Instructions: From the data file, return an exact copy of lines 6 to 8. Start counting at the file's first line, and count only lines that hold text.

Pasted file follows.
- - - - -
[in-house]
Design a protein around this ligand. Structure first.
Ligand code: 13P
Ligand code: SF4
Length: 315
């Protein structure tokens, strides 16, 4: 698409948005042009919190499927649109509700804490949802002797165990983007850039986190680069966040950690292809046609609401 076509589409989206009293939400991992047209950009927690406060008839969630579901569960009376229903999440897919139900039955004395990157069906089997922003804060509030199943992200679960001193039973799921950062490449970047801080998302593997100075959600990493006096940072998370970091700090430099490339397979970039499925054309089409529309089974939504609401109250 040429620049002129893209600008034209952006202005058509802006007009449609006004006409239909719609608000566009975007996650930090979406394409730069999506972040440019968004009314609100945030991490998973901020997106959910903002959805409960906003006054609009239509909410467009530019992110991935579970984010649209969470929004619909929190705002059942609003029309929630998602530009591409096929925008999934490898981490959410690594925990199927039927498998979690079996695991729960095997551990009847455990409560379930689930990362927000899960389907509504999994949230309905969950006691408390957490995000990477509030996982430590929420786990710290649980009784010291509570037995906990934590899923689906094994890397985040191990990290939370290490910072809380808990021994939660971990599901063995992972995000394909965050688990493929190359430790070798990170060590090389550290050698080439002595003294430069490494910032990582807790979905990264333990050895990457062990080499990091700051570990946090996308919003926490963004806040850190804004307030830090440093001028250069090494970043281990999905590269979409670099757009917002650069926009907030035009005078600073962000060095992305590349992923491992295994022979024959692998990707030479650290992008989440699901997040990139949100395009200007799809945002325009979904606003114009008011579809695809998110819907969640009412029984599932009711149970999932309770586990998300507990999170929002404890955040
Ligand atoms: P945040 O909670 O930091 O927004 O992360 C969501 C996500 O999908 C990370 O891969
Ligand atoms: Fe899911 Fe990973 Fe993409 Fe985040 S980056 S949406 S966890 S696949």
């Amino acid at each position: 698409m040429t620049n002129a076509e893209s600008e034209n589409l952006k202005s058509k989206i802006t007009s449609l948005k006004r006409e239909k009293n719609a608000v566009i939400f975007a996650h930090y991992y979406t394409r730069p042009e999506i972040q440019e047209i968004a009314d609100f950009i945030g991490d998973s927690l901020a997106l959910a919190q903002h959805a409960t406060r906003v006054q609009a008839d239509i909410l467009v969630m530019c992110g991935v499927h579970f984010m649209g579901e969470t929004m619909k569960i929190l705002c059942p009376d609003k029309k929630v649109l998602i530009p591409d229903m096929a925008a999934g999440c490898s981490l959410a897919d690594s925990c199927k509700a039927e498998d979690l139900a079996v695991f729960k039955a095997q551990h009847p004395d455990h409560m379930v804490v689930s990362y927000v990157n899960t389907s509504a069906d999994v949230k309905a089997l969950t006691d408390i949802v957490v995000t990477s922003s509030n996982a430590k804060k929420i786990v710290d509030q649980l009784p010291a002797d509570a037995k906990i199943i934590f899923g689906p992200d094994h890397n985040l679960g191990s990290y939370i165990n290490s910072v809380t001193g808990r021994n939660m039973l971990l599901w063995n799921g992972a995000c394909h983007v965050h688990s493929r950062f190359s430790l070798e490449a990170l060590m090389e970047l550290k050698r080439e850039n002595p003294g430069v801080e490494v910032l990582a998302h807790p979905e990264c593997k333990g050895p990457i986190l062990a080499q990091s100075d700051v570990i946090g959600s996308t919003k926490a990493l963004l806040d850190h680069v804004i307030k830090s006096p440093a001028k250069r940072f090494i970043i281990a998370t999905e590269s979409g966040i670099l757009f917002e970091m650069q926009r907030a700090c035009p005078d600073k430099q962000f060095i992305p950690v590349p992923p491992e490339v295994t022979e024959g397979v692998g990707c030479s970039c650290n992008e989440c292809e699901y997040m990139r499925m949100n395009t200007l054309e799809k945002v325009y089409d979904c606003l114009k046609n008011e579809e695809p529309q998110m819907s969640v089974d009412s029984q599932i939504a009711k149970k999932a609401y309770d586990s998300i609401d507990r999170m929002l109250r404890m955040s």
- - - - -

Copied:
């Protein structure tokens, strides 16, 4: 698409948005042009919190499927649109509700804490949802002797165990983007850039986190680069966040950690292809046609609401 076509589409989206009293939400991992047209950009927690406060008839969630579901569960009376229903999440897919139900039955004395990157069906089997922003804060509030199943992200679960001193039973799921950062490449970047801080998302593997100075959600990493006096940072998370970091700090430099490339397979970039499925054309089409529309089974939504609401109250 040429620049002129893209600008034209952006202005058509802006007009449609006004006409239909719609608000566009975007996650930090979406394409730069999506972040440019968004009314609100945030991490998973901020997106959910903002959805409960906003006054609009239509909410467009530019992110991935579970984010649209969470929004619909929190705002059942609003029309929630998602530009591409096929925008999934490898981490959410690594925990199927039927498998979690079996695991729960095997551990009847455990409560379930689930990362927000899960389907509504999994949230309905969950006691408390957490995000990477509030996982430590929420786990710290649980009784010291509570037995906990934590899923689906094994890397985040191990990290939370290490910072809380808990021994939660971990599901063995992972995000394909965050688990493929190359430790070798990170060590090389550290050698080439002595003294430069490494910032990582807790979905990264333990050895990457062990080499990091700051570990946090996308919003926490963004806040850190804004307030830090440093001028250069090494970043281990999905590269979409670099757009917002650069926009907030035009005078600073962000060095992305590349992923491992295994022979024959692998990707030479650290992008989440699901997040990139949100395009200007799809945002325009979904606003114009008011579809695809998110819907969640009412029984599932009711149970999932309770586990998300507990999170929002404890955040
Ligand atoms: P945040 O909670 O930091 O927004 O992360 C969501 C996500 O999908 C990370 O891969
Ligand atoms: Fe899911 Fe990973 Fe993409 Fe985040 S980056 S949406 S966890 S696949």